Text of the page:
Bulk Create

Saving multiple new objects in the database is now as simple as passing an array of objects to the server. The server responds with a collection of objectId values (which, for example, can be used in the createRelation  API). The bulk create API is supported in all SDKs as well as the REST interface.

Bulk Update

To update objects in the database, the API accepts a condition (where clause) which identifies a group of objects. In addition to the condition, the client must also provide an object containing the changes which should be applies to the selected objects.

Bulk Delete

Similar to “Bulk Update”, this API receives a condition which identifies a group of objects to be deleted.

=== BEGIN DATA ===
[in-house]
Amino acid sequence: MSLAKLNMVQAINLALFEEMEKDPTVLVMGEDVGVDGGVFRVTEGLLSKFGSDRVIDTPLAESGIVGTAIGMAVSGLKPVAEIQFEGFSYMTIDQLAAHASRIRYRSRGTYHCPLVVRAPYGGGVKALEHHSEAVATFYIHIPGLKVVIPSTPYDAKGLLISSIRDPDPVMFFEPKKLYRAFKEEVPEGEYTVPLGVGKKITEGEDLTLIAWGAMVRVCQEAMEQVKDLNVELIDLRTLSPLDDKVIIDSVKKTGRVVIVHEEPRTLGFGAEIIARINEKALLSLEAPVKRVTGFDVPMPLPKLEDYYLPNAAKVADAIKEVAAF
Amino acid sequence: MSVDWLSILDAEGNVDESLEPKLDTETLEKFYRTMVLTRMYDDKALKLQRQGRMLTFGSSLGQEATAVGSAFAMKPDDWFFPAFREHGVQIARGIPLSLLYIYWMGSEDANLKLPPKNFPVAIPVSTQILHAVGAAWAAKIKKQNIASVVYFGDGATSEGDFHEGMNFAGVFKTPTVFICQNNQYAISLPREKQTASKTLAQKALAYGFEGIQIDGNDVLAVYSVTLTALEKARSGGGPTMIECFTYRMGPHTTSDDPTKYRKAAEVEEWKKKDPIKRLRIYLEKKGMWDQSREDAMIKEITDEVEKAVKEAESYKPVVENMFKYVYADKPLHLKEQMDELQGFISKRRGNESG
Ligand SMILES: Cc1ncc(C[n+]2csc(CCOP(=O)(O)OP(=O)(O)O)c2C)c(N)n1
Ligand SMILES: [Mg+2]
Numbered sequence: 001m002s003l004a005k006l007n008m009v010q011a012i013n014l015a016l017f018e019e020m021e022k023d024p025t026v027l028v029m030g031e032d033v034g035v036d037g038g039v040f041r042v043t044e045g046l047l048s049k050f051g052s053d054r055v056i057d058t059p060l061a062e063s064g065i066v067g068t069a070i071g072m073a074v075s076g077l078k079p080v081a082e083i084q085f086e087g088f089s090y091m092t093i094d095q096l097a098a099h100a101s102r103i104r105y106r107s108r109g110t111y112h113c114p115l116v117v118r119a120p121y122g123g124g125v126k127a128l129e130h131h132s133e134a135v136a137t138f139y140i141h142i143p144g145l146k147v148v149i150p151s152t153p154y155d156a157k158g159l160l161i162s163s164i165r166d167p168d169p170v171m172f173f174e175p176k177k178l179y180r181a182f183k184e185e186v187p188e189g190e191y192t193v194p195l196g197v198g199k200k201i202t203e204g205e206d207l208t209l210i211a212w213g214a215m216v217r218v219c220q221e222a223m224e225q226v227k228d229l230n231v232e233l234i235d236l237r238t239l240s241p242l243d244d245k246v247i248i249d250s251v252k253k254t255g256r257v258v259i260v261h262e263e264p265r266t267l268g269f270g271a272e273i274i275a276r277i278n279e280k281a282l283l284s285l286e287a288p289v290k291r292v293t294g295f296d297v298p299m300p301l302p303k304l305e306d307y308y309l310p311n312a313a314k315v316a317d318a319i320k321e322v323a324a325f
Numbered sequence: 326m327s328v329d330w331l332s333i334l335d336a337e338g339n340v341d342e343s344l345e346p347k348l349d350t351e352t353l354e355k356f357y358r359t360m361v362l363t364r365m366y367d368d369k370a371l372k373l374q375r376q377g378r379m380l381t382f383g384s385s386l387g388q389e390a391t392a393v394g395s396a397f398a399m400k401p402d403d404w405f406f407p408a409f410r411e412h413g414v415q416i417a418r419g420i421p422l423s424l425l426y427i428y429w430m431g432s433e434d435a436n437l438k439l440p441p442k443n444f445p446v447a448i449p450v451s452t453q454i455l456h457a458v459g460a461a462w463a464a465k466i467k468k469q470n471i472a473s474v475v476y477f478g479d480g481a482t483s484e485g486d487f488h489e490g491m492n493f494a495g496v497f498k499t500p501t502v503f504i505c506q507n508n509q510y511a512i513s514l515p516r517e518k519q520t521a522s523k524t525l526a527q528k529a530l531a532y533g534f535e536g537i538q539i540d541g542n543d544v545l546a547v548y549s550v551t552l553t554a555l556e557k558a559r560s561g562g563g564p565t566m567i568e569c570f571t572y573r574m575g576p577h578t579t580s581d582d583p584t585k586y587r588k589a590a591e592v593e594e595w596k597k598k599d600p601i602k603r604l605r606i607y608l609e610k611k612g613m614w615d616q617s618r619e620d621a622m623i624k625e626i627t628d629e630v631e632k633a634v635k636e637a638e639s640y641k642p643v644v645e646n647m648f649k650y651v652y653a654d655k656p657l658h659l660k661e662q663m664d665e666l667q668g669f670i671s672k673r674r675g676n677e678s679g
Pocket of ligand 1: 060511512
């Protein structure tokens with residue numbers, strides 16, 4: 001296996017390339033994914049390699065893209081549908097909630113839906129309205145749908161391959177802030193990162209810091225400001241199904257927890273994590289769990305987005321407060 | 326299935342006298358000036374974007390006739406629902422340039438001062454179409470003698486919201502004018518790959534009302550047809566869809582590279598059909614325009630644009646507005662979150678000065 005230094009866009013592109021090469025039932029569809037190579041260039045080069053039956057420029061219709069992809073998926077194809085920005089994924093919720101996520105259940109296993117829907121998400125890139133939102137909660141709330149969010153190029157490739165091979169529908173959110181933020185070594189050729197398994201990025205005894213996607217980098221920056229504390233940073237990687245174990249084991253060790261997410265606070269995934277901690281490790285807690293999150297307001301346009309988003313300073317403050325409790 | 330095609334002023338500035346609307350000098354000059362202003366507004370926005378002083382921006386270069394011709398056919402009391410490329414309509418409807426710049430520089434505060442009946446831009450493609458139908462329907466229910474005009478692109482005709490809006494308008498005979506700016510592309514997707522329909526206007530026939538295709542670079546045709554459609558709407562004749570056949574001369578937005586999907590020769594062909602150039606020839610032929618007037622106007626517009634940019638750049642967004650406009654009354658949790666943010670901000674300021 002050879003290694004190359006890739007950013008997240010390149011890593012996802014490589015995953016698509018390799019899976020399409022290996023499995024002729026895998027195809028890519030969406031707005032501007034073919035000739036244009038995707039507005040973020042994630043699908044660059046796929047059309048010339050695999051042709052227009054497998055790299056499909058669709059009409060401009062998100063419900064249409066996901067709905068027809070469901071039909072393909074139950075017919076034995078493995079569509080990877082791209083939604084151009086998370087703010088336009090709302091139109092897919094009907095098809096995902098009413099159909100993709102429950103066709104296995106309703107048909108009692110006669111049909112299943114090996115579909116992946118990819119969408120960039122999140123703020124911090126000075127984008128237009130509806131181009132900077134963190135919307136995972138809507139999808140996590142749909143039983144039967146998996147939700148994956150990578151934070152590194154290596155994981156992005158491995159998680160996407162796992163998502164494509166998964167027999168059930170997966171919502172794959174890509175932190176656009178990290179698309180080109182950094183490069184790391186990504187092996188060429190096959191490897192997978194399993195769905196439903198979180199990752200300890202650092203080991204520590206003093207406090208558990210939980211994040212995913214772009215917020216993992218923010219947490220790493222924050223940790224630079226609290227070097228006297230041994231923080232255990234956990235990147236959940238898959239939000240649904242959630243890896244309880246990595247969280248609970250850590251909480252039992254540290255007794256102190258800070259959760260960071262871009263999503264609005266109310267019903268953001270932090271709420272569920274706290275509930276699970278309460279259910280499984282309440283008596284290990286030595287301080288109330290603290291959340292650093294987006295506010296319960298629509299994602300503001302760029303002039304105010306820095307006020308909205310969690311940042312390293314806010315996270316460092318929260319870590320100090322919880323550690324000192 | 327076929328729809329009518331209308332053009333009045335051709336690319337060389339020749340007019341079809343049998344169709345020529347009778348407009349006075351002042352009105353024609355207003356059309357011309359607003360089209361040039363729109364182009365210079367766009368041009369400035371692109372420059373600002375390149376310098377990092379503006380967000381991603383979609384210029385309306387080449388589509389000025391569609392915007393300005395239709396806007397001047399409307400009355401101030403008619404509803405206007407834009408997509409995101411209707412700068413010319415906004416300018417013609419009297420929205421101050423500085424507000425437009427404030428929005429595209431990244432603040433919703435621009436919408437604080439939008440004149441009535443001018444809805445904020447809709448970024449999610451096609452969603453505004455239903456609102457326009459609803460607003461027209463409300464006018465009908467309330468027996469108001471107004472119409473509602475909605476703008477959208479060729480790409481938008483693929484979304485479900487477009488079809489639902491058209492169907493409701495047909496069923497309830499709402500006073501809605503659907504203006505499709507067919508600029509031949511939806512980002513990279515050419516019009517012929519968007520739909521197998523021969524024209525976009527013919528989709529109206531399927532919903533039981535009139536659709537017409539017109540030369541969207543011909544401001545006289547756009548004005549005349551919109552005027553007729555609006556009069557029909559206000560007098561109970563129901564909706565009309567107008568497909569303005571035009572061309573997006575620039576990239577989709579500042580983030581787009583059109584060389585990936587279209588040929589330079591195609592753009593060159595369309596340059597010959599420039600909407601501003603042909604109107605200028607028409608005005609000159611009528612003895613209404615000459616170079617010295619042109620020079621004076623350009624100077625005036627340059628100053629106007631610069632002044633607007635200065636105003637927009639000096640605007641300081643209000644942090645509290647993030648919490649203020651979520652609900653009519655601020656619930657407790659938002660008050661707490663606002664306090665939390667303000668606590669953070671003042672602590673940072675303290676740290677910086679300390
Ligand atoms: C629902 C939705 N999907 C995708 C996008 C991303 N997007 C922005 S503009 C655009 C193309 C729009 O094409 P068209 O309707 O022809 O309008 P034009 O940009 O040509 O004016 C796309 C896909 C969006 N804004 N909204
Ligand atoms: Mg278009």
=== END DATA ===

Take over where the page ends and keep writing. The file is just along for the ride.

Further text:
All of the APIs can be extended using custom business logic’s before/after events.

You can find the documentation for these APIs in the developer guides:

This post describes the process of developing an API Service in Backendless with JavaScript. You will learn:

  • how configure your development environment
  • include NPM dependencies
  • run the service in the debug mode and test it using the Backendless console
  • deploy the service to Backendless

The service you will develop in this guide will provide APIs for controlling a LIFX wi-fi enabled light bulb. This very service is used in the article describing how to integrate Amazon Alexa with an IoT device using Backendless. This article references IntelliJ IDEA as the IDE, however, it is not required, you can use any code editor. Make sure to create a Backendless account and create an app in Backendless Cloud (the free tier or the trial option will be plenty to proceed).